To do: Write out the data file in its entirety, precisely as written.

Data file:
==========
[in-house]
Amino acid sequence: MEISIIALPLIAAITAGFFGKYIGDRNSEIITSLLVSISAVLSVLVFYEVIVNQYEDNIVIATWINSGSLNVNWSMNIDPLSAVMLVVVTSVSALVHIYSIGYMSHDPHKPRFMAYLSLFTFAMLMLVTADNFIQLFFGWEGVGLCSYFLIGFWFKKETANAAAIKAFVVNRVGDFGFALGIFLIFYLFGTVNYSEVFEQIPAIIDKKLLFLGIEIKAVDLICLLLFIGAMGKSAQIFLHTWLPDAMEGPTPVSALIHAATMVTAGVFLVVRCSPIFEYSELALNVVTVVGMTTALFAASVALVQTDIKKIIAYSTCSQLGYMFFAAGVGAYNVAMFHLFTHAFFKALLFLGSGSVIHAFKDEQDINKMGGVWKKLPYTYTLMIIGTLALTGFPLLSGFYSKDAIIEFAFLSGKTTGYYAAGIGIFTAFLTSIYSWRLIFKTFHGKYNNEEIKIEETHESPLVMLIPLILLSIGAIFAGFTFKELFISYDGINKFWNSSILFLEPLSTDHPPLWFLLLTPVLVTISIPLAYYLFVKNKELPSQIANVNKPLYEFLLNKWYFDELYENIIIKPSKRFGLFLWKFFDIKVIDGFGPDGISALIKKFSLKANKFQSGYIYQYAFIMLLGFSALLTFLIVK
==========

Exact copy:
[in-house]
Amino acid sequence: MEISIIALPLIAAITAGFFGKYIGDRNSEIITSLLVSISAVLSVLVFYEVIVNQYEDNIVIATWINSGSLNVNWSMNIDPLSAVMLVVVTSVSALVHIYSIGYMSHDPHKPRFMAYLSLFTFAMLMLVTADNFIQLFFGWEGVGLCSYFLIGFWFKKETANAAAIKAFVVNRVGDFGFALGIFLIFYLFGTVNYSEVFEQIPAIIDKKLLFLGIEIKAVDLICLLLFIGAMGKSAQIFLHTWLPDAMEGPTPVSALIHAATMVTAGVFLVVRCSPIFEYSELALNVVTVVGMTTALFAASVALVQTDIKKIIAYSTCSQLGYMFFAAGVGAYNVAMFHLFTHAFFKALLFLGSGSVIHAFKDEQDINKMGGVWKKLPYTYTLMIIGTLALTGFPLLSGFYSKDAIIEFAFLSGKTTGYYAAGIGIFTAFLTSIYSWRLIFKTFHGKYNNEEIKIEETHESPLVMLIPLILLSIGAIFAGFTFKELFISYDGINKFWNSSILFLEPLSTDHPPLWFLLLTPVLVTISIPLAYYLFVKNKELPSQIANVNKPLYEFLLNKWYFDELYENIIIKPSKRFGLFLWKFFDIKVIDGFGPDGISALIKKFSLKANKFQSGYIYQYAFIMLLGFSALLTFLIVK